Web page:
Lowe’s Paying Millions To Settle Disability Discrimination Case
One of the nation’s largest home improvement retailers will pay millions to settle claims that it fired thousands of workers with disabilities in violation of the Americans with Disabilities Act.
Lowe’s has agreed to pay $8.6 million to resolve allegations brought by the U.S. Equal Employment Opportunity Commission that the retailer “engaged in a pattern and practice of discrimination” against those with disabilities.
According to the EEOC lawsuit, Lowe’s terminated and did not provide reasonable accommodation to employees with disabilities if their medical leaves of absence exceeded the company’s maximum leave policy.
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Lowe’s allegedly fired workers “regarded as” having disabilities or associated with those who did, the suit claimed.
Under the agreement, Lowe’s will retain an ADA consultant to provide employee training, revise policies and develop a system to track accommodation requests.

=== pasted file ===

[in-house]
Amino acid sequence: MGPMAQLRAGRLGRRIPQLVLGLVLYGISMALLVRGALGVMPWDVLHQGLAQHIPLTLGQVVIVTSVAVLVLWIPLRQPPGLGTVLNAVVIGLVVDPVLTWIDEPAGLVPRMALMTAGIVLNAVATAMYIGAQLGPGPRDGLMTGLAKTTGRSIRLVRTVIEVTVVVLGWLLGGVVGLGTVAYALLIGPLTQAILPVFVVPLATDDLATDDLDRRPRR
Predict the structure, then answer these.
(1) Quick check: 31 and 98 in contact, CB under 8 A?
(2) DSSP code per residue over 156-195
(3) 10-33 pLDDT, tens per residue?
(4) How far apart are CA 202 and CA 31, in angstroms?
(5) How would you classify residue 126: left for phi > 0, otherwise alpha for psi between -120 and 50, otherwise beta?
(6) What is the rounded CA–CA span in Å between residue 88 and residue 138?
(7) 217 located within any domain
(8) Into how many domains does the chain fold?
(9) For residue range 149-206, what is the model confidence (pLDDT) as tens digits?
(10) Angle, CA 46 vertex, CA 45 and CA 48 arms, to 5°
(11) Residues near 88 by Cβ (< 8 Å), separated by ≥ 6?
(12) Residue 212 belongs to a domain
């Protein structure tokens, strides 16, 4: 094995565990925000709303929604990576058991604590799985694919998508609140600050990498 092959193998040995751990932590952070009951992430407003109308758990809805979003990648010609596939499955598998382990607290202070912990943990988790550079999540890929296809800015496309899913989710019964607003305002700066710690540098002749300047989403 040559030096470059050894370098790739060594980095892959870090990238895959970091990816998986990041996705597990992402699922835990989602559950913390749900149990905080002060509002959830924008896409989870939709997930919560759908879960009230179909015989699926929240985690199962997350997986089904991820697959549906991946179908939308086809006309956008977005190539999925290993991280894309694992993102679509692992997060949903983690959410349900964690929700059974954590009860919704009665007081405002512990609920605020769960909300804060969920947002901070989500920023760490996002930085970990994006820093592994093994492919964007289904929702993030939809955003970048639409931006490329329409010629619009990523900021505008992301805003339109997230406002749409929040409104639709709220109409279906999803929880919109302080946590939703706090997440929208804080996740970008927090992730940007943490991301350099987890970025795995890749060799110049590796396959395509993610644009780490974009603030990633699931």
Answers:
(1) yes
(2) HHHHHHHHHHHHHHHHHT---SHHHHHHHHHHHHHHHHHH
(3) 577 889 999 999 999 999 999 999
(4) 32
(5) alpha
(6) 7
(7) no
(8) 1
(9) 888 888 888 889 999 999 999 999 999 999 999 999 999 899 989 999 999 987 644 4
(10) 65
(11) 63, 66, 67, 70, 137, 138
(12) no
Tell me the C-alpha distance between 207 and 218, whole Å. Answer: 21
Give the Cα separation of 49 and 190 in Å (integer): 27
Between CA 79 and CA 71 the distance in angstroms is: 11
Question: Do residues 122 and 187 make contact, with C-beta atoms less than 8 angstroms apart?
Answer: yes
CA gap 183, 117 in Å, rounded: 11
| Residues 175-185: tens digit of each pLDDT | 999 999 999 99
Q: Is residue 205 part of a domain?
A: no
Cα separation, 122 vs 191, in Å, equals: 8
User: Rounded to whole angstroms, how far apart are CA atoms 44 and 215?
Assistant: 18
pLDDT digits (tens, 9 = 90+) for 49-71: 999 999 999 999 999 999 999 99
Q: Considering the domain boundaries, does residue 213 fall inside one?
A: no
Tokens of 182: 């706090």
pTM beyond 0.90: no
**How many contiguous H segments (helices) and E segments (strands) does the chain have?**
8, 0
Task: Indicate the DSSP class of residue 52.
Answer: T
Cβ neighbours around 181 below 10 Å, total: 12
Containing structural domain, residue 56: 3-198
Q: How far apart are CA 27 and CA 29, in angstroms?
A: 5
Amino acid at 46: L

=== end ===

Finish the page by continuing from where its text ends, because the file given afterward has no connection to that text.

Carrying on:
In addition, the $8.6 million agreed to will be distributed to affected former employees.
“This settlement sends a clear message to employers that policies that limit the amount of leave may violate the ADA when they call for the automatic firing of employees with a disability after they reach a rigid, inflexible leave limit,” said EEOC General Counsel David Lopez. “We hope that our efforts here will encourage employers to voluntarily comply with the ADA.”
Karen Cobb, a spokeswoman for Lowe’s, said the company has taken steps to address the ADA concerns.
“We modified our leave of absence policies in 2010 to further inform employees of their rights under the ADA and have since centralized our leave-of-absence management to ensure consistency in applying our policies and help employees manage their leaves of absence and accommodations,” Cobb said. “We worked cooperatively with the EEOC to reach a fair resolution.”